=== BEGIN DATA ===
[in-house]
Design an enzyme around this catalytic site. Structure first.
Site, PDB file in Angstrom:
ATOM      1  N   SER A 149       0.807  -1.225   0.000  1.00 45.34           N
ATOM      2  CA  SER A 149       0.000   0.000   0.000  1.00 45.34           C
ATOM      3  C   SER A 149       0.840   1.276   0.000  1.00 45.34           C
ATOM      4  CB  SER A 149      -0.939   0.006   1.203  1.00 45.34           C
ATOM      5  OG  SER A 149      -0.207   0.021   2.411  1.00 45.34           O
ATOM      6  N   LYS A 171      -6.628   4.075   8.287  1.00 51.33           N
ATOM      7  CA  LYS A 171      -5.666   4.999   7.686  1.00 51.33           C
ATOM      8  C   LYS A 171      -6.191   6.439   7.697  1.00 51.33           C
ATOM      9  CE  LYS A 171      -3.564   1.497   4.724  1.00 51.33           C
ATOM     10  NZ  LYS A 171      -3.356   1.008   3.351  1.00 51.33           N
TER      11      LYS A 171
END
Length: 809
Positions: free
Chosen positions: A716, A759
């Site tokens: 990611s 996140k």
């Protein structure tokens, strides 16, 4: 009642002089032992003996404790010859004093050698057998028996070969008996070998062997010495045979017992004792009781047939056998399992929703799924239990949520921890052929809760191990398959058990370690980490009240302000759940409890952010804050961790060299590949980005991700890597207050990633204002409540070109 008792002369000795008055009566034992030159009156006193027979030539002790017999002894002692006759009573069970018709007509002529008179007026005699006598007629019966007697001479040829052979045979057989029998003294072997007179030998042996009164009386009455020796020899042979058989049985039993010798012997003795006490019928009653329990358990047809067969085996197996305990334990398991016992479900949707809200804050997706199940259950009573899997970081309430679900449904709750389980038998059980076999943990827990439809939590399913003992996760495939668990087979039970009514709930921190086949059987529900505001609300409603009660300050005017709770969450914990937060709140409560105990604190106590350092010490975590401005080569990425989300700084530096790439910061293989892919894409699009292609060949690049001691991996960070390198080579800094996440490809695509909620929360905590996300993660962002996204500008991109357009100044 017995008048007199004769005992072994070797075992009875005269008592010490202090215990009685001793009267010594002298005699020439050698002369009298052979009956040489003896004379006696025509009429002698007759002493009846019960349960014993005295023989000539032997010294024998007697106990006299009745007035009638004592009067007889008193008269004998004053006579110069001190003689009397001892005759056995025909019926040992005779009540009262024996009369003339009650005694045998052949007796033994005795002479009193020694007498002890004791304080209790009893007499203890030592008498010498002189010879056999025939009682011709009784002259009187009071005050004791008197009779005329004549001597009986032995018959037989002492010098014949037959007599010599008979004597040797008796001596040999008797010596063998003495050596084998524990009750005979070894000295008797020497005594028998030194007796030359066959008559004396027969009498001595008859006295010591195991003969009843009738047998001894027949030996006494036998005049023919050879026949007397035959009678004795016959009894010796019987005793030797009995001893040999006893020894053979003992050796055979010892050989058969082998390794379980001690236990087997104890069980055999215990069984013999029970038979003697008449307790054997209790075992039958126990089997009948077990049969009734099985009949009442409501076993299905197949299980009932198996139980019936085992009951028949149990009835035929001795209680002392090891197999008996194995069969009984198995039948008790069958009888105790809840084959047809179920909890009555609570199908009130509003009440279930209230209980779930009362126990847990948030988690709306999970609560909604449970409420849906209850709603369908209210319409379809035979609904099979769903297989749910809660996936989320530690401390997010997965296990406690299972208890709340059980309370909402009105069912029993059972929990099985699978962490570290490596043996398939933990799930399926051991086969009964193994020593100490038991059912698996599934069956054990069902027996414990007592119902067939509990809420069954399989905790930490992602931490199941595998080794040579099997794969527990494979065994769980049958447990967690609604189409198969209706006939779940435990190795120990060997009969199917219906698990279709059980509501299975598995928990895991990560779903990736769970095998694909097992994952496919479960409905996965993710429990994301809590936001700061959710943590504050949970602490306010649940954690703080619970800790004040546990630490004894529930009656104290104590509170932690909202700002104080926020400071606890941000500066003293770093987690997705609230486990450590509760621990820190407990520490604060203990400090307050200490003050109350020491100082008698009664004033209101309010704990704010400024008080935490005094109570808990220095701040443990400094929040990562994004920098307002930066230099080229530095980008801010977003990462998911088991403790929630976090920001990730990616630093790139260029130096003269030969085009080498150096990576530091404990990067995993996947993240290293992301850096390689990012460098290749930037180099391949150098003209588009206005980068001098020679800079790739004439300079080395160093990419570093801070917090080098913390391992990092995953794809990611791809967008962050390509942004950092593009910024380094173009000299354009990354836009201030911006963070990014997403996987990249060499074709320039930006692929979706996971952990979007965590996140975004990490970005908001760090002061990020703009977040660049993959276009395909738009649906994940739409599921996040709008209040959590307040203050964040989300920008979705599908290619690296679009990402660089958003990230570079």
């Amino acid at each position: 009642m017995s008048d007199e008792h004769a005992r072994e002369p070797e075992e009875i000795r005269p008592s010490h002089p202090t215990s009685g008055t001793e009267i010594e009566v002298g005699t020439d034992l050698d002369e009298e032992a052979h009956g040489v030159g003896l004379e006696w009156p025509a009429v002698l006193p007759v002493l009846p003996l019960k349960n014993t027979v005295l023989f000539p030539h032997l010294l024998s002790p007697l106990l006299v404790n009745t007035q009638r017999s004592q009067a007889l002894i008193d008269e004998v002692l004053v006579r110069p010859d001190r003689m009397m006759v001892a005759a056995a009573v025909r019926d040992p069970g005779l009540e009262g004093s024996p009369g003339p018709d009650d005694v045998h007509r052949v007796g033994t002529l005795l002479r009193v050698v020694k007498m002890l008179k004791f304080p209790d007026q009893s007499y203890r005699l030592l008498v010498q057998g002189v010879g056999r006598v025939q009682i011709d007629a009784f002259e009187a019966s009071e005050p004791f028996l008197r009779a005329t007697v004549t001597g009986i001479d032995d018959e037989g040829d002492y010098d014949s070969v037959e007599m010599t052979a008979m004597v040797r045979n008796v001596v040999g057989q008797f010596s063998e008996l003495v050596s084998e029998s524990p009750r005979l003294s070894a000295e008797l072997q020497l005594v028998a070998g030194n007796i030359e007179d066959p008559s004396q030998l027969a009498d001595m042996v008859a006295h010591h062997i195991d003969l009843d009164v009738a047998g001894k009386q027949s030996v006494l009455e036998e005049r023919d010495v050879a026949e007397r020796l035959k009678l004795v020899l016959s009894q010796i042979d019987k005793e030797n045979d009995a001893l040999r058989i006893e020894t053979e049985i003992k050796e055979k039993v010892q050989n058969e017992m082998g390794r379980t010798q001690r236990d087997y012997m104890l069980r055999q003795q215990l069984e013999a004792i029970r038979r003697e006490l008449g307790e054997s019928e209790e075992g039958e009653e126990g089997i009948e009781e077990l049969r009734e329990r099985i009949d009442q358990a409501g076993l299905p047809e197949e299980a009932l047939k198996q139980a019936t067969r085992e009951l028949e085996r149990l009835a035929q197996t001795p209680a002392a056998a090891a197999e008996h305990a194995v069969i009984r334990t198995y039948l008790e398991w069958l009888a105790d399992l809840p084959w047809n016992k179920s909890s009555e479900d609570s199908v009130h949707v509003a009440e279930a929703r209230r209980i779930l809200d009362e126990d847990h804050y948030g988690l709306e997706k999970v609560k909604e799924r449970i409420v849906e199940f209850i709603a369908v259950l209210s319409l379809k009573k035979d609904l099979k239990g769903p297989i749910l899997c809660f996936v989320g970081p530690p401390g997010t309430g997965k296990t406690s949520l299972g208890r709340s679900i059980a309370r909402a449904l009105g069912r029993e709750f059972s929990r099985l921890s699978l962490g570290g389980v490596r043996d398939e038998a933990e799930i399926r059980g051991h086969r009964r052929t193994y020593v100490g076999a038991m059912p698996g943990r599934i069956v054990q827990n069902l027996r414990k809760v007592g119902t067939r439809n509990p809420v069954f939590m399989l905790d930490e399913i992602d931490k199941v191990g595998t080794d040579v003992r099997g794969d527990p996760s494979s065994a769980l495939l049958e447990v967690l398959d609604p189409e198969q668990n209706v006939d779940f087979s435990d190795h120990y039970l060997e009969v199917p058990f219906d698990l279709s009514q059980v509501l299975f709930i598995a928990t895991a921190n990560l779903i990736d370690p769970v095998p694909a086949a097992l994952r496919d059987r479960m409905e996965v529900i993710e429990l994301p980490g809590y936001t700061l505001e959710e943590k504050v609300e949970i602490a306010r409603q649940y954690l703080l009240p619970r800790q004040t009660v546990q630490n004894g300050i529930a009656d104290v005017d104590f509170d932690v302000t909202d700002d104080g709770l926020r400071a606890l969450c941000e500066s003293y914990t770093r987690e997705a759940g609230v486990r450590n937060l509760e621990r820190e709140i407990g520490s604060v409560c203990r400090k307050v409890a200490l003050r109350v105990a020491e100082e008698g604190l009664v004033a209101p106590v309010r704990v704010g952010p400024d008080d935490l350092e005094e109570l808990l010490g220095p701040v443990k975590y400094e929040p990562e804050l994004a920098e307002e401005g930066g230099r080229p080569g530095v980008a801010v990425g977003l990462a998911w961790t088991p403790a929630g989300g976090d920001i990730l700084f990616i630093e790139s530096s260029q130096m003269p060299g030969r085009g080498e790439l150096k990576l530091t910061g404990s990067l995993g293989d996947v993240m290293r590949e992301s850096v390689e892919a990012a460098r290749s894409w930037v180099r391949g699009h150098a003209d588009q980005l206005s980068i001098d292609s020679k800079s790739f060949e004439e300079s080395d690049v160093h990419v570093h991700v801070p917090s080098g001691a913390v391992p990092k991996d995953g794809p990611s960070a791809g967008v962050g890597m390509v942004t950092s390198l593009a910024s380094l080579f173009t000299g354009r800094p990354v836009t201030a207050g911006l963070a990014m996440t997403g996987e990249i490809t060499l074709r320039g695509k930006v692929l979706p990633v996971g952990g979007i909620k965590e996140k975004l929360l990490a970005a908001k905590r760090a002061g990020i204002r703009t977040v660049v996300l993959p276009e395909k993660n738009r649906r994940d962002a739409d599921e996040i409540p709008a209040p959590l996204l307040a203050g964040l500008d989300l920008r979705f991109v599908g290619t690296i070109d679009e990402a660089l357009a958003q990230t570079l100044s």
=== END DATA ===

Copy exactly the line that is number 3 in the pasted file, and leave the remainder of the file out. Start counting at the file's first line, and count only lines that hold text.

Site, PDB file in Angstrom: